A season for all

December 24, 1997|By Lance A. B. Gifford

IF YOU can believe the physicists, theologians and scholars; if you believe in the star of Bethlehem and astronomical sightings, and, finally, if you believe in how the Gospel accounts sometimes adapt themselves to Old Testament prophecy, then you will not be too surprised to learn that Jesus, by the best of accounts, was born in August of the year 4 B.C.

Now we are not sure where this event took place, since Matthew and Luke (the only ones who provide birth narratives) seem to differ on this point, but the date is pretty secure.

Early research

Actually, the earliest of the searchers for the birthday of Christ was Clement of Alexandria, a great father of the church from back in the third century. He determined the date as May 20th.

It wasn't until the year 326 that the Roman church chose Dec. 25 in an effort to oppose the Roman feast of Natus Soli Invicti the birth of the sun god.

So now, we celebrate the birth of Christ on the peculiar date of Dec. 25, so curiously close to the winter solstice.

This celebration of birth and ultimate promise of resurrection takes place just after the shortest day of the year, which is in fact, the feast of Saint Thomas the Apostle.

This is at the time when the sun is at its most waning moment. To primitive societies, the loss of sunlight was a scary moment. Will the sun die? Will the crops grow again? Is it all over?

Of course not.

But this is the time of the year than mankind worries about these things, so in our usual human way, we try to ward off the death we see coming all around us.

Now this is a plea for tolerance. So often Christian people rail about how Christmas has been stolen by the merchants and the card companies.

What I am saying is that in these northern latitudes, we have stolen the holiday from them.

To celebrate the return of the sun and to experience the seasonal return of hope and growth is much older than Christianity itself. Christianity has co-opted the season, so let's not be too prissy about what happens this time of year.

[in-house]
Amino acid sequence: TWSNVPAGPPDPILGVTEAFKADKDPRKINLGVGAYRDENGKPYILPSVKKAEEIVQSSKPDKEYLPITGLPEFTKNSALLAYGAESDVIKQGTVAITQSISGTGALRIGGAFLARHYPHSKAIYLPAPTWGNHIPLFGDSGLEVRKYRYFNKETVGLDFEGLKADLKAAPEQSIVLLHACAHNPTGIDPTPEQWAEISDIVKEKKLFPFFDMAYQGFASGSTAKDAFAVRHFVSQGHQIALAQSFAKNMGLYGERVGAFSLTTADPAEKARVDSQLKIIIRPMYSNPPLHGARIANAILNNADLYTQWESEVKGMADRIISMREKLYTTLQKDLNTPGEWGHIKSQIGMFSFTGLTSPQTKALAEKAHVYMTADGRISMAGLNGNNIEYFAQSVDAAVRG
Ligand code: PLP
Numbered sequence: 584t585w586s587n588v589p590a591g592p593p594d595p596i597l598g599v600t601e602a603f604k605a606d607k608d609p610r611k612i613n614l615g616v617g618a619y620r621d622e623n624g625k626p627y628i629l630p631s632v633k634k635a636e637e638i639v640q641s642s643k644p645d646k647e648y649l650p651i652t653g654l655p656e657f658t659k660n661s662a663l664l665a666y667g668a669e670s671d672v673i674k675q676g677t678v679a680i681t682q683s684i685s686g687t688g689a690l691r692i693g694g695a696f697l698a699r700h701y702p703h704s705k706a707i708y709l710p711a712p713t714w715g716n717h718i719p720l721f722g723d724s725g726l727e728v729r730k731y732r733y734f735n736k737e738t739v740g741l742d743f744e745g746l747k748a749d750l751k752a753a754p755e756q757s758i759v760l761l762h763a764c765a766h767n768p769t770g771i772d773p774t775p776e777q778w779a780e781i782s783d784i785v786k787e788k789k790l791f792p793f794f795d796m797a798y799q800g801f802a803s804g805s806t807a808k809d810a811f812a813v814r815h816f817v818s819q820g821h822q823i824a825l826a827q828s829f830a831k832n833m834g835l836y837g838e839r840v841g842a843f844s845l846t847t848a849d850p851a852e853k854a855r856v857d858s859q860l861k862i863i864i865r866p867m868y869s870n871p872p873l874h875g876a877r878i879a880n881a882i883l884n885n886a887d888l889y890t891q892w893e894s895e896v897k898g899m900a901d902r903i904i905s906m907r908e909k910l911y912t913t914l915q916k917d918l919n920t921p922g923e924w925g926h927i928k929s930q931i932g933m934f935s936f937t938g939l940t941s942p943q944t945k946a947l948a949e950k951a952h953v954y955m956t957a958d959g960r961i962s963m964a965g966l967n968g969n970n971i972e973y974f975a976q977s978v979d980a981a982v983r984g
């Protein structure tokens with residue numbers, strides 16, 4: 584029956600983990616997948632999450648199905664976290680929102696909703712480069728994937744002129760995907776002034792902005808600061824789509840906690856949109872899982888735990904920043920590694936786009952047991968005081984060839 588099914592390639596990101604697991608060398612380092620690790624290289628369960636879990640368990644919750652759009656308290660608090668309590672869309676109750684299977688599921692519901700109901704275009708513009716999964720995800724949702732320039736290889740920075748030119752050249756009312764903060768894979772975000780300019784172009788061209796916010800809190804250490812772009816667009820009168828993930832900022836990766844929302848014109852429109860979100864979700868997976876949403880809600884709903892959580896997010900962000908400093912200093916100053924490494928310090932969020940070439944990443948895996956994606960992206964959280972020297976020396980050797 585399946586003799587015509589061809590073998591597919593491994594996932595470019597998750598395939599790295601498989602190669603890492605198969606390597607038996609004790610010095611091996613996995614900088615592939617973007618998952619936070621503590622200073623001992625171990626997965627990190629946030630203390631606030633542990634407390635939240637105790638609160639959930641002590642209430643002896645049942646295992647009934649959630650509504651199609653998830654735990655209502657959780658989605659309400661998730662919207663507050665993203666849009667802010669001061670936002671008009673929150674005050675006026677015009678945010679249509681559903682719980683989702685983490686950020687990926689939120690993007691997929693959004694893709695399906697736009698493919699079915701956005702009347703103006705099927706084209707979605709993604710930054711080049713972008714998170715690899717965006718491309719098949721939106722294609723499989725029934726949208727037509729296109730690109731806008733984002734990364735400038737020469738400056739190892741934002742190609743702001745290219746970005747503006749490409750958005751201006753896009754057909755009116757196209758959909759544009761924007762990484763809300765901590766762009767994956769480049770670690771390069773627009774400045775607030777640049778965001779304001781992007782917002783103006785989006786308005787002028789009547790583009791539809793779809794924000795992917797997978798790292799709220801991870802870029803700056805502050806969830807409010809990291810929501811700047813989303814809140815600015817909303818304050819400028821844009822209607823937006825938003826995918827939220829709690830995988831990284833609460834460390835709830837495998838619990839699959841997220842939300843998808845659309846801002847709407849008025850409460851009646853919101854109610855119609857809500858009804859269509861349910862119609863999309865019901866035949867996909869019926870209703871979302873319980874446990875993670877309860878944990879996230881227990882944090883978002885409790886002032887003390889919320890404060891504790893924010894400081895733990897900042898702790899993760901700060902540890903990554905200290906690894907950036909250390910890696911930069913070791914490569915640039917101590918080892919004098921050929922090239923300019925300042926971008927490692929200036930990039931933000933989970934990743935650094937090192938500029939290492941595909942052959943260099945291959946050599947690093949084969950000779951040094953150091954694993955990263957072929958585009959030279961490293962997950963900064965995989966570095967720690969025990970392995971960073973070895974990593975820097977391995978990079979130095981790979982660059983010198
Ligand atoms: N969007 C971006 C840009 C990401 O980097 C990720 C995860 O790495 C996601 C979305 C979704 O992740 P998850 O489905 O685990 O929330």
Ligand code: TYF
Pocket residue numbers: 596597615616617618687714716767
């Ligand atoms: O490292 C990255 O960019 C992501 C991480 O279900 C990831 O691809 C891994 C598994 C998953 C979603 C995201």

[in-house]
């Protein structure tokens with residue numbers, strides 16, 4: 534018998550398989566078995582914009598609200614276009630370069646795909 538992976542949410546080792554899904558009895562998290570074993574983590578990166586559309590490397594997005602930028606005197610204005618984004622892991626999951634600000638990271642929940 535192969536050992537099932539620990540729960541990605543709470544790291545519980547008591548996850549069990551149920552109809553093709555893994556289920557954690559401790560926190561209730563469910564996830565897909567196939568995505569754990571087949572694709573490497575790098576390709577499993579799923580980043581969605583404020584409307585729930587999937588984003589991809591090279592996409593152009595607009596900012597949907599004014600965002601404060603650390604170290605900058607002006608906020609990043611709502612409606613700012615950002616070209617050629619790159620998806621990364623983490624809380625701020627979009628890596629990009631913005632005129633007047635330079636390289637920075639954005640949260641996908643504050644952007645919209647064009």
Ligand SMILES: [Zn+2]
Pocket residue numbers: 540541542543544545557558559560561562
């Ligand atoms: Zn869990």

Humankind needs that solstice celebration. The Jews have bumped Hanukkah into a winter celebration; Kwanza has just appeared in the last generation as another response to winter's chill and death.

So, let's not be so smart alecky to think that we Christians invented the season. We didn't. It was around long before us and we have little to crab about it being co-opted.

The celebrations, the giving of gifts, the feasting, the prayers for the return of the king who brought new life, and the gathering of families have long predated our use (as Christians) of the this solstice time.

We celebrate with the whole of humankind, what we style as incarnation. . . that is the bringing of God into the life of His people. And we do it in a fashion that is more sublime than any truth or myth ever created.

Luke and Matthew can't really tell us where Jesus was born. No one knows for sure when Christ was born (though we can be pretty sure it wasn't on Dec. 25), and for skeptics, there are some real questions about Jesus' progenitors.

But we do know one thing for sure: The entrance of this holy child into human history changed us once and forever.

The Rev. Lance A. B. Gifford is rector of St. John's Episcopal Church in Mount Washington.

Pub Date: 12/24/97

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